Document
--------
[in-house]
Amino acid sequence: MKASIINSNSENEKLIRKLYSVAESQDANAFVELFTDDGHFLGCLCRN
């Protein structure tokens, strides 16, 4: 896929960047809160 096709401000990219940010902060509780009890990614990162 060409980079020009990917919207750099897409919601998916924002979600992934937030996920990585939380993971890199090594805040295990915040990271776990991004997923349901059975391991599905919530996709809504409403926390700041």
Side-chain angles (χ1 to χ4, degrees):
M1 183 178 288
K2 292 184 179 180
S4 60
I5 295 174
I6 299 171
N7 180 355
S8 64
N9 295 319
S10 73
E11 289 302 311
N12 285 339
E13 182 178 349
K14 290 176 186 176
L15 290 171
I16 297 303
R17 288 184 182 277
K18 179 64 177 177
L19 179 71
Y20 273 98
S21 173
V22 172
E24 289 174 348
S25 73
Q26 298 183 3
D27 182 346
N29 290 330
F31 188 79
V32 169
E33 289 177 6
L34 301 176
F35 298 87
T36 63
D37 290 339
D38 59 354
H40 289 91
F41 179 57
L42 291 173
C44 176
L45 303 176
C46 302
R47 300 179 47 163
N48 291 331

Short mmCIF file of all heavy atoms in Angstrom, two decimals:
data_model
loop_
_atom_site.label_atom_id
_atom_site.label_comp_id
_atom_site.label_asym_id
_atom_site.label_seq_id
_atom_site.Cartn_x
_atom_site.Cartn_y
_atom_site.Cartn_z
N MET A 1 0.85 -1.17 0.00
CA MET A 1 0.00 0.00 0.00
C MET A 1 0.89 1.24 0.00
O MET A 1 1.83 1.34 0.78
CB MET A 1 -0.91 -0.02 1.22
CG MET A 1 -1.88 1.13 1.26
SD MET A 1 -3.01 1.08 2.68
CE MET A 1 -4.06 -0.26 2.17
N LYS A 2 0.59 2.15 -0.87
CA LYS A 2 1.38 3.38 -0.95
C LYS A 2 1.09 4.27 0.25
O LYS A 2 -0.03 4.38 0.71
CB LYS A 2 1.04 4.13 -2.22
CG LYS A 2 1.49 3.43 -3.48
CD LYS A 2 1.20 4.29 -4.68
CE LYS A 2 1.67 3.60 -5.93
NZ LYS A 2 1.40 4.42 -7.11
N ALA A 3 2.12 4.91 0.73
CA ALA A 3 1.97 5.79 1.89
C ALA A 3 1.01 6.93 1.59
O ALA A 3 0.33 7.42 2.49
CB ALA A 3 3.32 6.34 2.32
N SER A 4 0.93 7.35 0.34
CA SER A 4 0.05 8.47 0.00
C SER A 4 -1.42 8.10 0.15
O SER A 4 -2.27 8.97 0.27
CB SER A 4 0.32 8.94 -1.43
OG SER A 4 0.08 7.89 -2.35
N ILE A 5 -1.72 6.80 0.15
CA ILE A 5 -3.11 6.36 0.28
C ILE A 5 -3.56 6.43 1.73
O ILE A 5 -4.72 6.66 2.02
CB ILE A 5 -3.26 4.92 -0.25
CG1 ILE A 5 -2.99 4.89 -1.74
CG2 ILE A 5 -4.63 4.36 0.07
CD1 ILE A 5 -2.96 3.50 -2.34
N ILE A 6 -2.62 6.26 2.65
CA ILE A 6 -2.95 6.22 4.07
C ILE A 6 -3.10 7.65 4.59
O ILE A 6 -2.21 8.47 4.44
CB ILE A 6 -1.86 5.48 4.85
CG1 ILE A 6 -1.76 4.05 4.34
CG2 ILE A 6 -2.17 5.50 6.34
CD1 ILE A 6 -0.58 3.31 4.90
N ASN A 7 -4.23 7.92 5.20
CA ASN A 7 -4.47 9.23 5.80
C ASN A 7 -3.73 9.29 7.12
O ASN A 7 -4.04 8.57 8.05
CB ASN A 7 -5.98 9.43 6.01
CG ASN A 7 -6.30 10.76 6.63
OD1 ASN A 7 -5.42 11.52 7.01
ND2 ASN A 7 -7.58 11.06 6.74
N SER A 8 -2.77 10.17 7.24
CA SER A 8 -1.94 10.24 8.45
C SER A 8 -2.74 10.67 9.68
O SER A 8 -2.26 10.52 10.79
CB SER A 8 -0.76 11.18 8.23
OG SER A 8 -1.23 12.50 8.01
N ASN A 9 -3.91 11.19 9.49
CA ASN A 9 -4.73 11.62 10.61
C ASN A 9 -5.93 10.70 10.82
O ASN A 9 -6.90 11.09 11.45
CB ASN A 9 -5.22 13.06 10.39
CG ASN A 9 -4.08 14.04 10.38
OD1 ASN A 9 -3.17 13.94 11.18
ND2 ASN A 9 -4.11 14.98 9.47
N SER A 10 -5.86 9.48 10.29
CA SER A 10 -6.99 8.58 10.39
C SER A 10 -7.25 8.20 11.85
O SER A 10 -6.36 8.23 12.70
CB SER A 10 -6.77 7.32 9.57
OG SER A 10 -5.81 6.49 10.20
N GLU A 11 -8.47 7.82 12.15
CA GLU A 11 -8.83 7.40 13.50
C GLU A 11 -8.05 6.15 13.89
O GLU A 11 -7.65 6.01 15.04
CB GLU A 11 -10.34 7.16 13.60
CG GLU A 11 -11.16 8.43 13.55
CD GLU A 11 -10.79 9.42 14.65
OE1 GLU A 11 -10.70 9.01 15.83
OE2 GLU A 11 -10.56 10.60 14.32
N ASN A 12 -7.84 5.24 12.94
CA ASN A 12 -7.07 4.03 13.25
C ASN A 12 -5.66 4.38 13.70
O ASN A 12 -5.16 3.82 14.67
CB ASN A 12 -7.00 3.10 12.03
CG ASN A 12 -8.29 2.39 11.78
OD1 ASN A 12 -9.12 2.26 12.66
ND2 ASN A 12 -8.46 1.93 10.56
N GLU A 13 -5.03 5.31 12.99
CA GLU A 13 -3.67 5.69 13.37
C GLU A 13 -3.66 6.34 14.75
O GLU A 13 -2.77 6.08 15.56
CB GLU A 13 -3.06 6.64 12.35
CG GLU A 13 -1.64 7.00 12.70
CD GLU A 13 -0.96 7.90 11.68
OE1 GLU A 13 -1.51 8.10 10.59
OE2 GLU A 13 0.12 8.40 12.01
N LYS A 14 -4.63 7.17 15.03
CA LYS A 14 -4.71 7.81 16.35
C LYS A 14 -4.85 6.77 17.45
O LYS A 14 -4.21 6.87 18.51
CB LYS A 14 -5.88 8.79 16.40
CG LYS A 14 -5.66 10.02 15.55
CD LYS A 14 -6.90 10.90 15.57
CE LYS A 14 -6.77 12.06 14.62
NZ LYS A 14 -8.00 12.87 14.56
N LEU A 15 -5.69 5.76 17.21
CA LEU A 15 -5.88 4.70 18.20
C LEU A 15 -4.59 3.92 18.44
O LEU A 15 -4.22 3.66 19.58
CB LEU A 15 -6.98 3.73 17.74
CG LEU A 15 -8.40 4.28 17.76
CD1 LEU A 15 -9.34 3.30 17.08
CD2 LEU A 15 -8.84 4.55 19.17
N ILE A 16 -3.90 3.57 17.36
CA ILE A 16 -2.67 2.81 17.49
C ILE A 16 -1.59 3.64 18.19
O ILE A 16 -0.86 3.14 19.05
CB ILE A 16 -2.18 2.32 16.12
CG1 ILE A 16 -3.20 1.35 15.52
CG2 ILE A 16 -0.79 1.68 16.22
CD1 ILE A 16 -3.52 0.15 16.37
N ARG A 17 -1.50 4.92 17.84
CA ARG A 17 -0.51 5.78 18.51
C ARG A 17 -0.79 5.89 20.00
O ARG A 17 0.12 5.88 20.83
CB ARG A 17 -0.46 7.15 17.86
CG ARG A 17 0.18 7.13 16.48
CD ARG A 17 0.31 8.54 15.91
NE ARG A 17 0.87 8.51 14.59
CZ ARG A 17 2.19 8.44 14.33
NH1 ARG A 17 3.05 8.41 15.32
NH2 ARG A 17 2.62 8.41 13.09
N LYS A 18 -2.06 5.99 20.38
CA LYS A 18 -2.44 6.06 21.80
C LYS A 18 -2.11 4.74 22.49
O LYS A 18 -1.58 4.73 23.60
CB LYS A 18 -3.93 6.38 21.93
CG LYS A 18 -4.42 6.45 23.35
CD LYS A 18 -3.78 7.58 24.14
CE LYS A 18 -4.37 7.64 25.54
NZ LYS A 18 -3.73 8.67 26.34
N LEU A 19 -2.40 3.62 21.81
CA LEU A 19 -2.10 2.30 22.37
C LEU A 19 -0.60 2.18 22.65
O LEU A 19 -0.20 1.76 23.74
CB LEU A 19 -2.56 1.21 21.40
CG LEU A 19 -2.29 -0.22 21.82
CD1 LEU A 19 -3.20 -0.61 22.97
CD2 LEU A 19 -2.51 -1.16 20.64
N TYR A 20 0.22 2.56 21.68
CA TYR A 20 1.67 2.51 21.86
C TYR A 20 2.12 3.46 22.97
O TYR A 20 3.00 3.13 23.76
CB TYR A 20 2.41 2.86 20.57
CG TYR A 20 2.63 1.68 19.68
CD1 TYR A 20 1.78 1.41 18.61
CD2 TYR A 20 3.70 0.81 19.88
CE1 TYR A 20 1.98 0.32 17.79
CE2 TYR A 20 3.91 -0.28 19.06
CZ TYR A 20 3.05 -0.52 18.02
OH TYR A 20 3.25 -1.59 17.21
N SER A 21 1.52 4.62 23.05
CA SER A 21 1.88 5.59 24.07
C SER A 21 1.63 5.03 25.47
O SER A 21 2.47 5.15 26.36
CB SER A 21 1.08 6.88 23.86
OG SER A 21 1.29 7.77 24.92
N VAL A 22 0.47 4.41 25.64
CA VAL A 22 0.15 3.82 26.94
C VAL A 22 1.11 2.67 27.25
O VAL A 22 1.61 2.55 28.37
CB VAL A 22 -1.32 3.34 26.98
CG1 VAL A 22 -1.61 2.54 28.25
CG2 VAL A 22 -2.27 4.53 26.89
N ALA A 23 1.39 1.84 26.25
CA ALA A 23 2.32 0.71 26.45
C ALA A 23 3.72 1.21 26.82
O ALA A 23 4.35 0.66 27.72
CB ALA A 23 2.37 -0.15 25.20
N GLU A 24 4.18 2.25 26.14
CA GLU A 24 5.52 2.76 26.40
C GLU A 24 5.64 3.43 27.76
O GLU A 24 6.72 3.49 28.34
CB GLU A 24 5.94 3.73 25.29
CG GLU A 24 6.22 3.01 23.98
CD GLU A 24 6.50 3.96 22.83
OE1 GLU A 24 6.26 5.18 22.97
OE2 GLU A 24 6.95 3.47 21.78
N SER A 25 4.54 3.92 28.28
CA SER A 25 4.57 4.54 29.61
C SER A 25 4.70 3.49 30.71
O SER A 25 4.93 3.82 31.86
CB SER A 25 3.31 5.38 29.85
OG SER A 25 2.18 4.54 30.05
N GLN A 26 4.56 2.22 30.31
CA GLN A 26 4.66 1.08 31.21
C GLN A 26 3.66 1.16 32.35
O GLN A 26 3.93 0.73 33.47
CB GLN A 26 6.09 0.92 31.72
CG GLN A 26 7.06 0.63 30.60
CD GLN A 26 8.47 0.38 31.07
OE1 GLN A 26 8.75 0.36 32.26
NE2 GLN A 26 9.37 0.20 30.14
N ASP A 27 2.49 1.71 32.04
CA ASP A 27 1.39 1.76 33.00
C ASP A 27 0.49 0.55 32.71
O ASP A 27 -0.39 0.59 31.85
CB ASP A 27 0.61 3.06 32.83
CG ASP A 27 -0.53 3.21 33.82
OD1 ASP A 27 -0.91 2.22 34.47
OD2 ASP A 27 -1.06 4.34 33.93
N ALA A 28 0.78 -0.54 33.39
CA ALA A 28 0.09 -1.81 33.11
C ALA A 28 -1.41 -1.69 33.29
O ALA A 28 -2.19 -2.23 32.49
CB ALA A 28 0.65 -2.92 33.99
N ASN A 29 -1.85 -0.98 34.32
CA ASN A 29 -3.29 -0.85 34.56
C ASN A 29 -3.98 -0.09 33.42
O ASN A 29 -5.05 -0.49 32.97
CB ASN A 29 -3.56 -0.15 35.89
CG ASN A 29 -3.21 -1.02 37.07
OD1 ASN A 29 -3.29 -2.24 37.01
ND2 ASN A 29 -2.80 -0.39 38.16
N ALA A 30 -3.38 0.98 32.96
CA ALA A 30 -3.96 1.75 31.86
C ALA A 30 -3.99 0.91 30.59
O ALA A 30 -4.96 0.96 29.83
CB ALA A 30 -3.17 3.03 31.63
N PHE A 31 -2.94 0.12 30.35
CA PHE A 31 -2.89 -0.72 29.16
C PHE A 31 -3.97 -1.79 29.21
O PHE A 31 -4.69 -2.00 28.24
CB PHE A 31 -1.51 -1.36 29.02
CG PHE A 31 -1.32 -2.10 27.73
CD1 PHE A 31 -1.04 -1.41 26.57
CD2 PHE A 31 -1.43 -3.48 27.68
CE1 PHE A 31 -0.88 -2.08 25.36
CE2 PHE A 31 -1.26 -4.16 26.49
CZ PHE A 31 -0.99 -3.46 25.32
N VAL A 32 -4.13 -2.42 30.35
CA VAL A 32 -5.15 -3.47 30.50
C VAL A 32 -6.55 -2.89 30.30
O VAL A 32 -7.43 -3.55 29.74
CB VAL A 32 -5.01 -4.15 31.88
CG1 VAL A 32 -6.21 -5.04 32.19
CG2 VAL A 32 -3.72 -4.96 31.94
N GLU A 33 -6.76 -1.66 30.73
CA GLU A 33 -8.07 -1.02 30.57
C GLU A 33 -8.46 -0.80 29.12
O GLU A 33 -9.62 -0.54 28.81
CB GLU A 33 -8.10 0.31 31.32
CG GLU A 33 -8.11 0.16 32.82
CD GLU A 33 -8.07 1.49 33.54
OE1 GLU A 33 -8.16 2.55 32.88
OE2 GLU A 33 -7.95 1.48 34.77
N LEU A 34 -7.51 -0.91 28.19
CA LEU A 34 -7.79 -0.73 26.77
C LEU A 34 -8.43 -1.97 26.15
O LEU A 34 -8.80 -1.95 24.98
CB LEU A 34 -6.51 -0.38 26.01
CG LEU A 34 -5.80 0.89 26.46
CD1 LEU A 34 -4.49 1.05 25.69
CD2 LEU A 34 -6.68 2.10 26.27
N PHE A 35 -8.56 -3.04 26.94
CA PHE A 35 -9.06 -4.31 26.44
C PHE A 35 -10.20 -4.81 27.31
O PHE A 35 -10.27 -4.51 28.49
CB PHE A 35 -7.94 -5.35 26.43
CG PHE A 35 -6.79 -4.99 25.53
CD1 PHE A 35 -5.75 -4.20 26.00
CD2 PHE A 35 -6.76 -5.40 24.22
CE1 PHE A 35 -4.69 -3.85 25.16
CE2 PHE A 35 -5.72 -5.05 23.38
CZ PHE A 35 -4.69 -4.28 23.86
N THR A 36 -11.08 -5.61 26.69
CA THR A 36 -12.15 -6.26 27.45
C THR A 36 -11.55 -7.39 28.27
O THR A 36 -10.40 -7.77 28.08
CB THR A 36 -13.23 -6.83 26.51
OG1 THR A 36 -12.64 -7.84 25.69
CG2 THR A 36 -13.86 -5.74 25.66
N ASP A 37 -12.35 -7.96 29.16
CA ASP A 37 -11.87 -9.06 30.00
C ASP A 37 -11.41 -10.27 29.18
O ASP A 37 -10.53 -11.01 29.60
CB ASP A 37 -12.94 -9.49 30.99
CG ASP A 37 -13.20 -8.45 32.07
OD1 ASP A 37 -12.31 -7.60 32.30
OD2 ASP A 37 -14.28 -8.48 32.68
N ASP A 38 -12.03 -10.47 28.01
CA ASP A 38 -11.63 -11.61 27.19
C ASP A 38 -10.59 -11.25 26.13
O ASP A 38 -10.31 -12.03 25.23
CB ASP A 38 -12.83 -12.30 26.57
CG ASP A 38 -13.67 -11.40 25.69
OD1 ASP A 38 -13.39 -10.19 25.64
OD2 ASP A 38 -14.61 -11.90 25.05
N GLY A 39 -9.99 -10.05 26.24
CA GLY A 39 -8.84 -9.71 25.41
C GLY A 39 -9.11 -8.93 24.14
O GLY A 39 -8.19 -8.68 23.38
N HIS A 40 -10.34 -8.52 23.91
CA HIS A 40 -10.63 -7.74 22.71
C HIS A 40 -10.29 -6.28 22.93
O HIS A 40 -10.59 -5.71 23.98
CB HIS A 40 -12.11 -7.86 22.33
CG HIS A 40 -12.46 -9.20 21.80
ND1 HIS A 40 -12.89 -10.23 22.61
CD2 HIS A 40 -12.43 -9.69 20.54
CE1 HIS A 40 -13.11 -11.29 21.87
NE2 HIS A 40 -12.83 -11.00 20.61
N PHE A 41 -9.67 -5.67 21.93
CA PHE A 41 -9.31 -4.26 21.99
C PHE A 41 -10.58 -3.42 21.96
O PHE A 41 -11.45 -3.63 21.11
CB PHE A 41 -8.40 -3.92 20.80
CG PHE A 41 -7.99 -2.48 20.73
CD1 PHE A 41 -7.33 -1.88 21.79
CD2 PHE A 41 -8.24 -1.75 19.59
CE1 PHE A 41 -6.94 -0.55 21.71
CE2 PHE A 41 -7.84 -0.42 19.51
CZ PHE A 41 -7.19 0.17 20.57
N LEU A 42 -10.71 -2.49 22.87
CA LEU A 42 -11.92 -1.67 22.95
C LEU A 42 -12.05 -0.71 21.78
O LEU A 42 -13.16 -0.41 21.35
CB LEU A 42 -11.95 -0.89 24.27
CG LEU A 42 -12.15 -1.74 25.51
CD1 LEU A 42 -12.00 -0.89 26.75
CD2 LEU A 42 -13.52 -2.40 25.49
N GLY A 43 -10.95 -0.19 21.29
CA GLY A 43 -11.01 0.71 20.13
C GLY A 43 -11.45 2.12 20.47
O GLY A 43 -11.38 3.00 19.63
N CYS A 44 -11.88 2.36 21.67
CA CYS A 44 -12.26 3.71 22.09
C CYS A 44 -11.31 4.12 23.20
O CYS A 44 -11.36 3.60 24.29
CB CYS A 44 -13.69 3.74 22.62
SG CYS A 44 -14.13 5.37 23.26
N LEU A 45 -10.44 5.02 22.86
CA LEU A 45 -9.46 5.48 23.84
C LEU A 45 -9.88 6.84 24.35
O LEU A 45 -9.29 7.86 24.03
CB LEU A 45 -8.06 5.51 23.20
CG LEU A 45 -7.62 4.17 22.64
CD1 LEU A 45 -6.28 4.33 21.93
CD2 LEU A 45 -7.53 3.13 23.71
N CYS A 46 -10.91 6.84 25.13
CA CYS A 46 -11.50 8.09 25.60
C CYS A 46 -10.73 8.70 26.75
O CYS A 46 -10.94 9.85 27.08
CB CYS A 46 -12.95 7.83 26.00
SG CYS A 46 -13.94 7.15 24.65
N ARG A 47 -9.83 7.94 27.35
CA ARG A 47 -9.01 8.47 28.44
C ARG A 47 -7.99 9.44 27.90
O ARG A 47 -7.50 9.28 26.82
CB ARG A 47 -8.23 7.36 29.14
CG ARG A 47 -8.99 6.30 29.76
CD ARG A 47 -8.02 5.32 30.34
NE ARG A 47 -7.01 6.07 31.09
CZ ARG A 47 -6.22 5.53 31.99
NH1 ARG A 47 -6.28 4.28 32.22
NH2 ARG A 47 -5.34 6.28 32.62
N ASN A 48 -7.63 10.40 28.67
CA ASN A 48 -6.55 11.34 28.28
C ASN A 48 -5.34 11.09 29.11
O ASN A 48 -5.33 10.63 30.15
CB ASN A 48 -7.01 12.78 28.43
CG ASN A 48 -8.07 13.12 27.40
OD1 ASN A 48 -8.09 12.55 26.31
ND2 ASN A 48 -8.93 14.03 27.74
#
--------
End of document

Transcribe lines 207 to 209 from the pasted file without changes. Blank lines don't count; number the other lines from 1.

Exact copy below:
CD2 LEU A 19 -2.51 -1.16 20.64
N TYR A 20 0.22 2.56 21.68
CA TYR A 20 1.67 2.51 21.86